In banking or other money exchange fields, we often face the term Tiered Interest Rate. It means that, according to the policy of the specific country, there are some ranges of values that create different amounts of interest. The ranges are accommodated with initial interest rates. It may sound like a complex process but Microsoft Excel has made it really simple. In this article, we will describe how to use a tiered interest rate calculator in Excel with 3 useful examples.
Download Practice Workbook
Get this sample file we prepared for this article and practice by yourself.
3 Examples to Use a Tiered Interest Rate Calculator in Excel
To apply a tiered interest rate, we need some range of amounts with different interest rates. Each will create a single tier. Then, providing your account balance will check which tier it falls under. After that, you will get the value of the tiered interest. You can use them as a calculator further by just giving your preferred Account Balance value. Let’s follow the methods below to calculate this.
Example 1: Use SUMPRODUCT Function to Apply the Tiered Interest Rate on the Current Account Balance
The SUMPRODUCT function can single-handedly calculate the tiered interest rate. For this, go through the following steps.
- First, create a Tier Table according to your regional policy like this.
- Then, create another table titled Account Balance and Interest.
- Here, insert the amounts that you have in different accounts in the Cell range B12:B15.
- Next, insert this formula in Cell C12.
- Then, hit Enter to get the first Tiered Interest Rate.
🔎 How Does the Formula Work?
- In this formula, there are 2 SUMPRODUCT functions.
- The first one is used to calculate the balance based on Cell B12 which is above or below tiers B6:B9 and C6:C9. It also calculates the corresponding percentage from D6:D9.
- Then the second SUMPRODUCT function finds out the value that reached the tier level and corresponding percentages.
- Finally, it adds both numbers and gives the final interest rate.
- Lastly, use the AutoFill tool to get all the Interest values for each Account Balance.
Read More: How to Convert Monthly Interest Rate to Annual in Excel
Example 2: Combine SUMPRODUCT, MAX & MIN Functions for a More Dynamic Application of Tiered Interest Rate Calculator
If you want to make the calculation more dynamic, you can combine the SUMPRODUCT, MAX and MIN functions. To do the task, simply follow the process below.
- In the beginning, insert a new tier that takes any value of more than 1000000 with a percentage of 0.68%.
- Then, insert this formula to get the first Rate Interval.
- Next, apply this formula to get the second Rate Interval in the Tier Table.
- Afterward, apply AutoFill to get all the values like this.
- Now, insert this formula in Cell C13.
- Finally, press Enter > AutoFill to get all the Interest Rates at once.
Read More: How to Use Nominal Interest Rate Formula in Excel
- Calculate Future Investment Value with Inflation, Tax and Interest Rates
- Create Flat and Reducing Rate of Interest Calculator in Excel
- How to Calculate Effective Interest Rate in Excel with Formula
- Effective Interest Rate Method Excel Template (Free)
- How to Calculate Effective Interest Rate On Bonds Using Excel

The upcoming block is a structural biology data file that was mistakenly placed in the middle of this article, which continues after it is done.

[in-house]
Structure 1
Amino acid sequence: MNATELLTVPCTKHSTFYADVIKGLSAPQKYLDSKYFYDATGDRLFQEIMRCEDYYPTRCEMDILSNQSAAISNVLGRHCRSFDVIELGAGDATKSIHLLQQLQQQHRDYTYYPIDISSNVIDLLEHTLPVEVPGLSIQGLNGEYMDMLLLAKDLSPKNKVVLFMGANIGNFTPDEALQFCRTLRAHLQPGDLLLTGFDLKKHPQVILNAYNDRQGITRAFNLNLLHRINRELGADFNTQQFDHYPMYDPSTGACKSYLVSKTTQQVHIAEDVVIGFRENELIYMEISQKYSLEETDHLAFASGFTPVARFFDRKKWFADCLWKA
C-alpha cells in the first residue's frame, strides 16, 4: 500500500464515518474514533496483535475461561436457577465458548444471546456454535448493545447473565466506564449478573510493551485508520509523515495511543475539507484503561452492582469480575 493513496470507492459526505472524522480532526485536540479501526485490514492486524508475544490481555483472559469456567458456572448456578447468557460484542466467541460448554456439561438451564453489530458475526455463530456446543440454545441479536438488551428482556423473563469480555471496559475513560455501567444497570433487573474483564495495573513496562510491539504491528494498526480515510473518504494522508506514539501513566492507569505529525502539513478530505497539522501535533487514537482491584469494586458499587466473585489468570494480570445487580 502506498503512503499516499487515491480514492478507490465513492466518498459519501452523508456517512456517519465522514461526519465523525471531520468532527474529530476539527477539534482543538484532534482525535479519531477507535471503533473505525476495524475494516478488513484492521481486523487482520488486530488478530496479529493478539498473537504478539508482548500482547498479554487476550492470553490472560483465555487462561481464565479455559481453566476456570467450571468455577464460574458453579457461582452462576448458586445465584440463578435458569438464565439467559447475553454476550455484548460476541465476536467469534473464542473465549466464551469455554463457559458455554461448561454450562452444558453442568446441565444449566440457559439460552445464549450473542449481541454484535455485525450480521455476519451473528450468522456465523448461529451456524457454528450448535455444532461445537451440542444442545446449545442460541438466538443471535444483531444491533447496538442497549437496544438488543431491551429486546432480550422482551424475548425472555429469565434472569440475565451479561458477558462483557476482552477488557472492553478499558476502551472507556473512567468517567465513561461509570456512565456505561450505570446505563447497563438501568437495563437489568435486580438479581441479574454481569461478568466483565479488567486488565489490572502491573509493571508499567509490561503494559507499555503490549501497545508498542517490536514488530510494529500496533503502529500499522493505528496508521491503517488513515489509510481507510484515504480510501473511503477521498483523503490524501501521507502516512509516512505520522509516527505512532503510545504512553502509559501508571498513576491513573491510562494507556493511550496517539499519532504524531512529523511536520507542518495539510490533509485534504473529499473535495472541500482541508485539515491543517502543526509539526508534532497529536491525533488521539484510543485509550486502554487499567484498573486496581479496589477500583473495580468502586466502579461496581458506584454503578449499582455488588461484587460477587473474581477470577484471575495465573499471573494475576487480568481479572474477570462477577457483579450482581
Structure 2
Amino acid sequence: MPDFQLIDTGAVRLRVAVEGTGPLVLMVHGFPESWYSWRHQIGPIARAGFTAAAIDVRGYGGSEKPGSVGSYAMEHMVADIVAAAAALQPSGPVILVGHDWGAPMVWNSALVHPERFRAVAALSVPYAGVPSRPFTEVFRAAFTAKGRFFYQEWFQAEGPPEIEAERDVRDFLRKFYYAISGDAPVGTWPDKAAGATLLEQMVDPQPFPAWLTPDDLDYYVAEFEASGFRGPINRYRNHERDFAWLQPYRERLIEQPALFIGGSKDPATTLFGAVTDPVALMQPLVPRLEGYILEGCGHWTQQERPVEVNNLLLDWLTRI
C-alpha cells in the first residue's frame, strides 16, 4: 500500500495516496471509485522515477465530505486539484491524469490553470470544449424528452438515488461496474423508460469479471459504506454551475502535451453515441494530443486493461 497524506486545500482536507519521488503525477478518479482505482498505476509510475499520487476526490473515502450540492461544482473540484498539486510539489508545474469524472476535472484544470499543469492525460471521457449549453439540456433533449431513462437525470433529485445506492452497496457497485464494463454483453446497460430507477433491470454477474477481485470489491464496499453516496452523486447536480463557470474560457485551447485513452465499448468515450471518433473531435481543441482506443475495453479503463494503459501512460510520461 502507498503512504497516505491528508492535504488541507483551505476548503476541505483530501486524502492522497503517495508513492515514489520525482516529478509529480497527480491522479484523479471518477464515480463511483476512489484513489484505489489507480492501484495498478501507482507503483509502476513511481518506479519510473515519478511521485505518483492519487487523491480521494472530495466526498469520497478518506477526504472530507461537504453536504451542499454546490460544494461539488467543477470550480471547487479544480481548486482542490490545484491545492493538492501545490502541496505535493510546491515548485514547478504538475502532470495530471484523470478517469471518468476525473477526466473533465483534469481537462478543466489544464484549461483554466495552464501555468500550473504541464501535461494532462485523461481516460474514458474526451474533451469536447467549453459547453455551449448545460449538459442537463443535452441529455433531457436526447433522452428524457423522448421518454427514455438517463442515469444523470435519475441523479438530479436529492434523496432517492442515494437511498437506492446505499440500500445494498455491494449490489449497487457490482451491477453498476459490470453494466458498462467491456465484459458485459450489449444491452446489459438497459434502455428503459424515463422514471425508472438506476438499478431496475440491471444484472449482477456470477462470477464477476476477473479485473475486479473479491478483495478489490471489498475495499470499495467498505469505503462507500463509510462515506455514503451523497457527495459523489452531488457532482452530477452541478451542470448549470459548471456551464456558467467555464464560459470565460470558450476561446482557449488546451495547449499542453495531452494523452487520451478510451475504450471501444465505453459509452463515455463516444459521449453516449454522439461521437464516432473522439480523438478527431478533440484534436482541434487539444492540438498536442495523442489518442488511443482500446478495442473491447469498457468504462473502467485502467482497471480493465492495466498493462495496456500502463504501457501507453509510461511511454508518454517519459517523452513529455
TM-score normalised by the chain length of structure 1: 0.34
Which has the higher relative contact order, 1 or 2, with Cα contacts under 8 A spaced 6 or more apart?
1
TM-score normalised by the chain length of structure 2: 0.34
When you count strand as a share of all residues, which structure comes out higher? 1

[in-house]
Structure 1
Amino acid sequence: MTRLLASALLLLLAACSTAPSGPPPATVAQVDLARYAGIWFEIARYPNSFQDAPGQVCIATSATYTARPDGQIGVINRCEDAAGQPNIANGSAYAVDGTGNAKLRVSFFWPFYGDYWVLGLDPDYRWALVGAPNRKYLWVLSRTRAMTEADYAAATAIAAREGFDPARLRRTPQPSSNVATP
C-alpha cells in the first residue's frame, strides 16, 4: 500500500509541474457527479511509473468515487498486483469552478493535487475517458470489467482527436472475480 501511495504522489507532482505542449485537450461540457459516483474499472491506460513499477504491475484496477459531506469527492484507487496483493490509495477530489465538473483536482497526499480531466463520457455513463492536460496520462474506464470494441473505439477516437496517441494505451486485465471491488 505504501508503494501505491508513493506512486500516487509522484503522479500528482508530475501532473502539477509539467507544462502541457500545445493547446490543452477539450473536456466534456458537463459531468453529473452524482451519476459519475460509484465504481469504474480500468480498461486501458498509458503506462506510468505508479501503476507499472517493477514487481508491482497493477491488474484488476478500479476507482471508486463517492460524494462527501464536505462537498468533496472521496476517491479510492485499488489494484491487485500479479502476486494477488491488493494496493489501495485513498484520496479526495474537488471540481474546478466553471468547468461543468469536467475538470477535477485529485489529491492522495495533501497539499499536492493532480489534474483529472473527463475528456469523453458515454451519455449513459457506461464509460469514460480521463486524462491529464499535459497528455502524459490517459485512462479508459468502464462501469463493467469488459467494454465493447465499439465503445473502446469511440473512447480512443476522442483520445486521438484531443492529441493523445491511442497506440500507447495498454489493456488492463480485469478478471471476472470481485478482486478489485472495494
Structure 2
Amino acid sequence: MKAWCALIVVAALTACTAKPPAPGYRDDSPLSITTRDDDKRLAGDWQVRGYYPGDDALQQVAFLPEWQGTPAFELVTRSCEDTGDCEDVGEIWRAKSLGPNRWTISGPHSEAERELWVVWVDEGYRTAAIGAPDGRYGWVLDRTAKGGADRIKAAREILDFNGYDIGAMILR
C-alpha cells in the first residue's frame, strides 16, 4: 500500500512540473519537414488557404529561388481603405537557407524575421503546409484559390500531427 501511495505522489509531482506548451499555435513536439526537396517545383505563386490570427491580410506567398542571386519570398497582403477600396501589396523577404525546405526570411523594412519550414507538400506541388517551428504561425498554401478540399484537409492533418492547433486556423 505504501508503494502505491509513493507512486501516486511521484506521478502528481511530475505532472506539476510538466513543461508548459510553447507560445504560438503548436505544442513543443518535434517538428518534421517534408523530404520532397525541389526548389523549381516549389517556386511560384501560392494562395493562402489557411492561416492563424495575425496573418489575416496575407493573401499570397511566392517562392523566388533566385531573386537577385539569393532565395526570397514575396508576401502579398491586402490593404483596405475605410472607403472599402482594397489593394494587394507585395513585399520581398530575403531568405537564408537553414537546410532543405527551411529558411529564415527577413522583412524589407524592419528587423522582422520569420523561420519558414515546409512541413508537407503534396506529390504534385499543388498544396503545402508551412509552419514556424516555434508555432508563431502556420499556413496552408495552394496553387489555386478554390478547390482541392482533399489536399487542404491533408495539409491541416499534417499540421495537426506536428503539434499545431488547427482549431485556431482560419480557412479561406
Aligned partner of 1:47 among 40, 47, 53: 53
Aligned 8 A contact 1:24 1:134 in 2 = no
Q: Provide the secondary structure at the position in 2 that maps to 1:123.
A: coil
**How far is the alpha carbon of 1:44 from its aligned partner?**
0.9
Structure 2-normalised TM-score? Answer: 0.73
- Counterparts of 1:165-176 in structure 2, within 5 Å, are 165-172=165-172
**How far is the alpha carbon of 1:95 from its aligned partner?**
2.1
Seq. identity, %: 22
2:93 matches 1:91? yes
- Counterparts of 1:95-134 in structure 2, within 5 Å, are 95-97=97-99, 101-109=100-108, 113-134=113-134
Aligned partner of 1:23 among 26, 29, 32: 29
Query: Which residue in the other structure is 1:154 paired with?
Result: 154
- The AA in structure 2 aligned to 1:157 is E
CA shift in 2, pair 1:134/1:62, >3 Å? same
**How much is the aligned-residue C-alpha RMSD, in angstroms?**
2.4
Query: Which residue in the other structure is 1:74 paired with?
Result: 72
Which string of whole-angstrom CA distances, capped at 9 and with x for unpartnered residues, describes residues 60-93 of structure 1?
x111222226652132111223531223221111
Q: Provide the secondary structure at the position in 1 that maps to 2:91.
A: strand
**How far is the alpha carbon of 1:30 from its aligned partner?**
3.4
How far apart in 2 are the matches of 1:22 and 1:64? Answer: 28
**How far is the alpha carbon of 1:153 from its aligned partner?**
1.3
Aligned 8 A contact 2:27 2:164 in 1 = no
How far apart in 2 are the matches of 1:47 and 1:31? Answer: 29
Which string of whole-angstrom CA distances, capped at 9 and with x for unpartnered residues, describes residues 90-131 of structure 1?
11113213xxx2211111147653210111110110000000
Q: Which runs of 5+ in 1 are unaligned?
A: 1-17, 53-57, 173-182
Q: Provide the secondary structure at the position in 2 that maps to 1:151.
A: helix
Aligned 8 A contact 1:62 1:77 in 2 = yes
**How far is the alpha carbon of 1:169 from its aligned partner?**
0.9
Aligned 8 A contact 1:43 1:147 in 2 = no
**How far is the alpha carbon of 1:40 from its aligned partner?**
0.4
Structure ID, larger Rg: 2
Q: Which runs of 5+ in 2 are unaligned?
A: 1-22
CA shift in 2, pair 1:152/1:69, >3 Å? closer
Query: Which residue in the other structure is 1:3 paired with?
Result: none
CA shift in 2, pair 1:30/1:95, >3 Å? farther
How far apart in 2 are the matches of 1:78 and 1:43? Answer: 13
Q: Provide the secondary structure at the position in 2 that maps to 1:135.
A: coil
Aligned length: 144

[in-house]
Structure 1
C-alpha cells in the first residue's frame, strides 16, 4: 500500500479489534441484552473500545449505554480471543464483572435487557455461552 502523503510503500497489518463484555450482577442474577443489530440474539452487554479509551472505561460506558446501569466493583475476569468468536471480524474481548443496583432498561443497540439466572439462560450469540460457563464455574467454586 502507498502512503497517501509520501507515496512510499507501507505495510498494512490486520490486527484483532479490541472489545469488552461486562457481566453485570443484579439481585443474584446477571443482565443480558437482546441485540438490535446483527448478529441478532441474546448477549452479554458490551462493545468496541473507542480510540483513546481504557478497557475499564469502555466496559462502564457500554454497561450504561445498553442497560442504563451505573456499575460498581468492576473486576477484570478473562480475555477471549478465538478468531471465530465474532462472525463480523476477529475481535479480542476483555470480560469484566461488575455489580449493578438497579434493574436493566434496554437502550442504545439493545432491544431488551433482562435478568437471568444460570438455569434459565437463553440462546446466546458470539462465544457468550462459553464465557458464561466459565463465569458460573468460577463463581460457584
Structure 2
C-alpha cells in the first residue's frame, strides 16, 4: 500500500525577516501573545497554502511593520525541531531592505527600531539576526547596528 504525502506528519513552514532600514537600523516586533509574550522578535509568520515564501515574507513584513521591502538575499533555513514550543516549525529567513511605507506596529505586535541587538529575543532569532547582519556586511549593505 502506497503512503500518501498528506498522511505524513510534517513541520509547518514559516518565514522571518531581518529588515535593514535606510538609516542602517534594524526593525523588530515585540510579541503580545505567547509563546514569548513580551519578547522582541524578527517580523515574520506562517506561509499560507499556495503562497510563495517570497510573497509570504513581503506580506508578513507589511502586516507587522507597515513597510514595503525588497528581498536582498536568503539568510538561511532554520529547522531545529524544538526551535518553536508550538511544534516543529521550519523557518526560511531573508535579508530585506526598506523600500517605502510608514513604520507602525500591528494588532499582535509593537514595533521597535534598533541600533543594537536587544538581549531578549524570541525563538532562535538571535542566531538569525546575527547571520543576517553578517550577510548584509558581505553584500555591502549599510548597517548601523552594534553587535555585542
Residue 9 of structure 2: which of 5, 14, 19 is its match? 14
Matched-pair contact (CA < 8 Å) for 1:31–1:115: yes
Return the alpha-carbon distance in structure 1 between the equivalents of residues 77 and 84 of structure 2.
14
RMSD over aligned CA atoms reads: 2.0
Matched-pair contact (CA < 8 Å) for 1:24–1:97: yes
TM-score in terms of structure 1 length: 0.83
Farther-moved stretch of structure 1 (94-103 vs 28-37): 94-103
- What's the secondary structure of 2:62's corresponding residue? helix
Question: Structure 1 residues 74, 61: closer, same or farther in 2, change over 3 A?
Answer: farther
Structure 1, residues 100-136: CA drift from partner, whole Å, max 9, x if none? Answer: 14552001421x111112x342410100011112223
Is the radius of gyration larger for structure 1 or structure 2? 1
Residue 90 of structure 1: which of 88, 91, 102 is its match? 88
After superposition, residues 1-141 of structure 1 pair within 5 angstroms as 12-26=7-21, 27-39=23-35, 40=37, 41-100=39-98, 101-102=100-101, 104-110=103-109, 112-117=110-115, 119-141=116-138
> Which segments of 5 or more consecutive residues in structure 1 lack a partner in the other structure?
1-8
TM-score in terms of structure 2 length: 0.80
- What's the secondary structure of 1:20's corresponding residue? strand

Example 3. Apply Excel VBA to Create and Apply a Tiered Interest Calculator
In this last method, let us calculate the Tiered Interest Rate based on dates and due amounts. This process is very effective when you have to keep day-to-day records. For this, we are considering the following conditions in the Tier Table.
Now, follow the steps below to create the tiered interest rate calculator.
- First, create a new table with the titles Invoice Received, Bill Paid, Due Amount and Interest.
- Then, insert the initial values according to your requirement as shown below.
- Next, select Visual Basic under the Code group from the Developer tab.
- Afterward, choose Module from the Insert tab in the Microsoft Visual Basic for Applications window.
- Then, insert this code in the Code page.
Function TieredInterest(Inv As Date, Bill As Date, DueAmt As Double) Dim Lt As Long Lt = Bill - Inv Const Tier0 = 0.0068 '-- First 45 Days Const Tier1 = 0.0093 '-- 46 to 90 Days Const Tier2 = 0.0112 '-- 91 to 135 Days Const Tier3 = 0.0137 '-- 136+ days Select Case Late Case 0 To 45: TieredInterest = Round(Tier0 * DueAmt * (Lt / 45), 2) Case 46 To 90: TieredInterest = Round(Tier1 * DueAmt * ((Lt - 45) / 45), 2) Case 91 To 135: TieredInterest = Round(Tier1 * DueAmt * (45 / 45), 2) + Round(Tier2 * DueAmt * ((Lt - 90) / 45), 2) Case 136 To 10000: TieredInterest = Round(Tier1 * DueAmt * (45 / 45), 2) + Round(Tier2 * DueAmt * (45 / 45), 2) + Round(Tier3 * DueAmt * ((Lt - 135) / 45), 2) End Select End Function
- After this, press Ctrl + S to save the code and close the window.
- Now, insert this formula in Cell E12 to get the Interest value for the given Due Amount dated between 45 days.
- Lastly, provide any dates more than 45 days and it will give you the Interest based on the Tier Table.
Read More: How to Find Interest Rate in Future Value Annuity (2 Examples)
Henceforth, this article describes 3 useful examples to use a tiered interest rate calculator in Excel. Let us know your insightful suggestions in the comment box. Follow ExcelDemy for more tutorials like this.
- Perform Interest Rate Sensitivity Analysis in Excel
- How to Perform Interest Rate Swap Calculation in Excel
- Calculate Weighted Average Interest Rate in Excel (3 Ways)
- How to Calculate Interest Rate from EMI in Excel (with Easy Steps)
- Loan Amortization Schedule with Variable Interest Rate in Excel
- How to Calculate Interest Rate on a Loan in Excel (2 Criteria)